AT&T will more than double its fuel cell power from clean energy provider Bloom Energy. The new installations will make AT&T Bloom Energy’s largest non-utility customer.
In July 2011, AT&T announced an initial contract with Bloom Energy to deploy 7.5 MW of “Bloom Boxes” at 11 AT&T sites in California, including data centers. The new addition of 9.6 MW of fuel cell power boosts AT&T to a total 17.1 MW from Bloom Energy servers, helping to power 28 AT&T sites in California and Connecticut.
Once fully operational, all of AT&T’s Bloom Box installations are expected to produce more than 149 million kilowatt hours of electricity annually, enough to power more than 13,680 homes per year.
Bloom Boxes contain stacked fuel cells that convert air and natural gas into electricity through a clean electrochemical process. Use of this power reduces carbon emissions by approximately 50 percent compared to the grid, according to Bloom Energy.
AT&T has deployed nearly 3.9 MW of solar installations and is working with the Rocky Mountain Institute to improve energy efficiency across the company’s 65,00 facilities in more than 60 countries. AT&T plans to share its energy efficiency results with others, as part of the 2012 Portfolio Energy Retrofit Challenge.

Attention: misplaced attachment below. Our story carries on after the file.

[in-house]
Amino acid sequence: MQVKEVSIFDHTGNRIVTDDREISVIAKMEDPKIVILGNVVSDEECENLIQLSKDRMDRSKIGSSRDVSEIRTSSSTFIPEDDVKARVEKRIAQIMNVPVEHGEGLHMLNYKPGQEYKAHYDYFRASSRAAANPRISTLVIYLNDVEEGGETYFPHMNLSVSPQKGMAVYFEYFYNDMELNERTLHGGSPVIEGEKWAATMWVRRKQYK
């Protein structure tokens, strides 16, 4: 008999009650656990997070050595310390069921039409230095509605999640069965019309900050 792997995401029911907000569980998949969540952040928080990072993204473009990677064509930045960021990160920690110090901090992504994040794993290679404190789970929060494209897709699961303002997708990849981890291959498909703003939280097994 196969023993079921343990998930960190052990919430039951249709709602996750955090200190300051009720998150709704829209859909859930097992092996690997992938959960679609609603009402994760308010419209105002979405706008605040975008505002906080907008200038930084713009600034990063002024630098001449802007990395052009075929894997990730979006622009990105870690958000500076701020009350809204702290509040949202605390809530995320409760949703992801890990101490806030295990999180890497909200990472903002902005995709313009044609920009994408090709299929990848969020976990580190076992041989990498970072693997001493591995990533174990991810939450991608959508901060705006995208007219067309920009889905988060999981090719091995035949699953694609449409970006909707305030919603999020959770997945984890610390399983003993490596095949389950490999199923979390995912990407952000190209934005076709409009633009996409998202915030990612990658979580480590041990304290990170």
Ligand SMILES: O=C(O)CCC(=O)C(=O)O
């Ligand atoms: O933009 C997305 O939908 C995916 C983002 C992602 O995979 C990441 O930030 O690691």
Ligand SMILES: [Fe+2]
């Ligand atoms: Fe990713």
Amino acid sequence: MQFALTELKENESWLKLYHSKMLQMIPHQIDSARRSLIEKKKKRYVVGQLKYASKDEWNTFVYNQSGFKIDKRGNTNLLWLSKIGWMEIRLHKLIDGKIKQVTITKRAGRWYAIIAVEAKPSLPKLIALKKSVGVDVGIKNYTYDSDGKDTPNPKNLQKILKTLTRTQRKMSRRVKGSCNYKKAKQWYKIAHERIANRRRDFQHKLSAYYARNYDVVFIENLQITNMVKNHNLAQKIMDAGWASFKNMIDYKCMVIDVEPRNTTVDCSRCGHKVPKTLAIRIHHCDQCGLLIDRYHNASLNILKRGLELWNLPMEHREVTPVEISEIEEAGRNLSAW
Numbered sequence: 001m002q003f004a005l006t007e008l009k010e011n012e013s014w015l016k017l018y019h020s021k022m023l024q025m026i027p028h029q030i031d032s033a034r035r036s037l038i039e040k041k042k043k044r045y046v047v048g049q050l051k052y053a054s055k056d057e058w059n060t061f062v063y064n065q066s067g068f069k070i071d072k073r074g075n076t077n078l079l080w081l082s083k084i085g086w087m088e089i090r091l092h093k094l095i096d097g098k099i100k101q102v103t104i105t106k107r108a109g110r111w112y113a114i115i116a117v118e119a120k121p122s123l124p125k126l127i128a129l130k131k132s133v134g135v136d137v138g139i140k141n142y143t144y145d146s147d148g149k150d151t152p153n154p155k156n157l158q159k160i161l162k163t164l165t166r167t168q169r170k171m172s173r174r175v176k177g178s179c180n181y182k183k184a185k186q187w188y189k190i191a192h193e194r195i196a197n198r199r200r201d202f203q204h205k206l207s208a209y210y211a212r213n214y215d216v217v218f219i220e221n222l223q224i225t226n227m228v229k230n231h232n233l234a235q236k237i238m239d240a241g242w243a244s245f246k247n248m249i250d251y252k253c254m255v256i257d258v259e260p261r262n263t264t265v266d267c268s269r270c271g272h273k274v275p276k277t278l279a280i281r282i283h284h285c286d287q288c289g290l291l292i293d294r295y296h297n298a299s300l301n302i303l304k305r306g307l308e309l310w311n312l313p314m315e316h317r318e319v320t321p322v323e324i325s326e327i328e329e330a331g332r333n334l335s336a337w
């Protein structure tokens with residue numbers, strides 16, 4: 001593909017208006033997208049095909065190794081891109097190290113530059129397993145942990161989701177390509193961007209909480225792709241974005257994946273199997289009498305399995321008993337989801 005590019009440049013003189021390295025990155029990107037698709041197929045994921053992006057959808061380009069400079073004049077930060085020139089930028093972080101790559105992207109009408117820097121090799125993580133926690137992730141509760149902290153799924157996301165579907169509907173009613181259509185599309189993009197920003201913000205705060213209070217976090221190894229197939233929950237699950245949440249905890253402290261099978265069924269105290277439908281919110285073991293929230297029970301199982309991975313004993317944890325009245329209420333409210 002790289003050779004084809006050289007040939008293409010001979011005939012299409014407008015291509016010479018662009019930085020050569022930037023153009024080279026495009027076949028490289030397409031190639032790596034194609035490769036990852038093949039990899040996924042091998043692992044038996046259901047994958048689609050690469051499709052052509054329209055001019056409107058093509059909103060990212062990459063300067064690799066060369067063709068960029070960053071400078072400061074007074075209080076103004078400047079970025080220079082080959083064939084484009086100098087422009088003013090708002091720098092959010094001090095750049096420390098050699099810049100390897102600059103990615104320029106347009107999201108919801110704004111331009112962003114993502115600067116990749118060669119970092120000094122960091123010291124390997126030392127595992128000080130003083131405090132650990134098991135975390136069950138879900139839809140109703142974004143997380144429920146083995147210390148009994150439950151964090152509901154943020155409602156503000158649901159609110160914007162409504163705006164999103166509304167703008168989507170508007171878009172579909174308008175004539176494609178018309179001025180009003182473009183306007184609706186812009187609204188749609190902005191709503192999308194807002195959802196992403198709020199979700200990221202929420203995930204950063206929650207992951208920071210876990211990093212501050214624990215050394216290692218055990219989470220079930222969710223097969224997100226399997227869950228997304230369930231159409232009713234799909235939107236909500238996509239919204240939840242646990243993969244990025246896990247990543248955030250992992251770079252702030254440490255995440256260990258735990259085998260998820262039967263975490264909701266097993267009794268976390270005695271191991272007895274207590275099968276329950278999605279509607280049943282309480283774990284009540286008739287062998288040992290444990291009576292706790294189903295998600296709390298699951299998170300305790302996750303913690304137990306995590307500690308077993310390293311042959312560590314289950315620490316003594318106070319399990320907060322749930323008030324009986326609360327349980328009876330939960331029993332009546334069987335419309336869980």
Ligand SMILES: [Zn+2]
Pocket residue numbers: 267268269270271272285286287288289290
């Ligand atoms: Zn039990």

Separately, Verizon Wireless announced it has made a number of energy efficiency improvements, such as lighting retrofits and HVAC upgrades, as part of its six-year strategic relationship with EPA’s Energy Star, a voluntary program that promotes reductions in greenhouse gas emissions.
In 2006, Verizon introduce Energy Star tools and resources to improve efficiency within company-owned buildings. More than 100 Verizon stores have been awarded the Energy Star certification since 2008.
Verizon replaced more than 30,000 existing 50-watt and 37-watt halogen spotlights with LED lamps at locations across the US; and upgraded 338 store locations with an energy management system in 2010 and added another 174 sites the following year.